Archive for category Free Stuff
A few weeks ago I blogged tongue-in-cheek about swiping reader’s theater scripts through nefarious means, so I thought I’d follow it up with a legitimate opportunity to grab some free reader’s theater while simultaneously honoring America’s veterans. I’ve repackaged my play “War Stories,” which originally appeared in my now out-of-print book, Read Aloud Plays: Symbols of America, and am presenting it free from now until Veterans’ Day on November 11th. It comes with a set of comprehension activities and full reproduction rights, which means the original downloader can copy a full class set for use in his or her classroom every year. It’s an engaging way to reveal to your students the real meaning of the holiday. Happy directing!
I’m sure you remember those big FBI warnings at the beginning of our old VHS movies. Aren’t you glad the TpT products we buy for our classroom don’t have one slapped over the cover page? Well, maybe they should. Though we may be perfectly honest, totally committed educators, we might still be tromping all over somebody’s hard-earned copyright. That’s right. This month’s post is one of those in which I have to be a curmudgeon and complain about copyright infringement. But stop! Don’t click away. Here are five ways you (yes, you!) may be violating copyright laws:
#1 You Post Stuff on Teacher Websites
I commend efforts to engage students by posting class content online, but we have an ethical obligation to make sure only our own students can access it. Search engines crawl sites like Weebly and Wikispaces, which means anyone can locate, download, and print the copyrighted material posted there. A safer bet is to use Google Classroom and set such docs as “View Only.”
#2 You Pay for 20 Subscriptions but Print 25 Copies
Let’s say you subscribe to a classroom magazine such as the ever-wonderful Storyworks, but because you know students will spindle, tear, mark-on, and lose scripts when they’re working on a play, you, like many teachers, print photocopies. That’s fair use—as long as you print just twenty. A subscription to a classroom magazine is like a software license. Twenty subscriptions means only twenty copies are being used at any given time. Consider too how that might apply to posting content online.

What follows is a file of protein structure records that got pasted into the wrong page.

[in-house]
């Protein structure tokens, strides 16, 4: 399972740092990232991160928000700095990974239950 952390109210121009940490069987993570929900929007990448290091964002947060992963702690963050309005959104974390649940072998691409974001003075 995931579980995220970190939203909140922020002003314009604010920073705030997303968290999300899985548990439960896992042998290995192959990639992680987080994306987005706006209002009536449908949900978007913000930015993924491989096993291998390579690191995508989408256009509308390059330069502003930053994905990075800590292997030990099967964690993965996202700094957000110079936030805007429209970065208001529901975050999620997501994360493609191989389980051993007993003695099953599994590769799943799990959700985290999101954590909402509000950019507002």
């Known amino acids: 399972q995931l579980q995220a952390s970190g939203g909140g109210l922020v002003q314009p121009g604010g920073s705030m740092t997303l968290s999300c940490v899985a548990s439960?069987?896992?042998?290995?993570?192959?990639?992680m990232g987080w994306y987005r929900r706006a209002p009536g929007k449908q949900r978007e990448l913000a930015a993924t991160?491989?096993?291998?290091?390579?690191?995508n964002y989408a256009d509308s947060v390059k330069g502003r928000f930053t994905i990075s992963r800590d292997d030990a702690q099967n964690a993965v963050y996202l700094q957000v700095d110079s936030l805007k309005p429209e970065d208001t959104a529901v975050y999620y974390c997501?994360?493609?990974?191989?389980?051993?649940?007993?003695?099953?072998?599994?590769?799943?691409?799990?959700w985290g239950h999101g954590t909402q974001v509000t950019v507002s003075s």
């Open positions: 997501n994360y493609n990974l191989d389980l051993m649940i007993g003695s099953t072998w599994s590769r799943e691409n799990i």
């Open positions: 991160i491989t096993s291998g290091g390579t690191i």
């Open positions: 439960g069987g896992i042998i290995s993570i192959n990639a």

Note that my ReadAloudPlays.com branded plays come with full reproduction rights. The original purchaser is licensed to print a full class set for use in his or her classroom. That means when you buy just one copy—usually for around three or four bucks—all your students can use it. You can’t give copies away to colleagues, post it online for anyone to download, or, as one unscrupulous fellah tried to do, put your name on it and try to sell it on TpT, but every one of your students can access it.
#3 You Adapt a Story as a Play
For those of you who like to write your own plays, that’s great! Nothing precludes you from picking up a copy of James & the Giant Peach and creating a play.
Unless you post it for the public.
Because you don’t own the rights to Roald Dahl’s stories, Dr. Seuss’ rhymes, or Charlotte’s Web, you can’t legally offer an adaptation to the masses–even for free. To post a play based on Harry Potter, you must either have permission from J.K. Rowling or wait until the story is in the public domain. In the case of Harry, that won’t happen in any of our lifetimes. In the case of James & the Giant Peach, you’ve got another forty years or so.
Can students create plays of their favorite picture book? Absolutely. They just can’t post them online.
What if you download somebody’s adaption of James & the Giant Peach from TpT? Well, you’re supporting someone who is infringing on Roald Dahl’s copyright. Sophie Dahl may be well-to-do, but her father earned that copyright. It should be respected.
Here again I get to promote my ReadAloudPlays.com brand. All my plays are either original (such as my history plays), adapted from works in the public domain (such as classic short stories), or originally published through agreements between the author/publisher and my publishers at Scope or Storyworks. Note, however, that the original graphics and layout appearing in Scholastic magazines belongs to the illustrator and/or company. Consequently, when I repackage a play I have to re-create all that from scratch using public domain images and graphics I’ve purchased.
#4 You Perform a Play for an Audience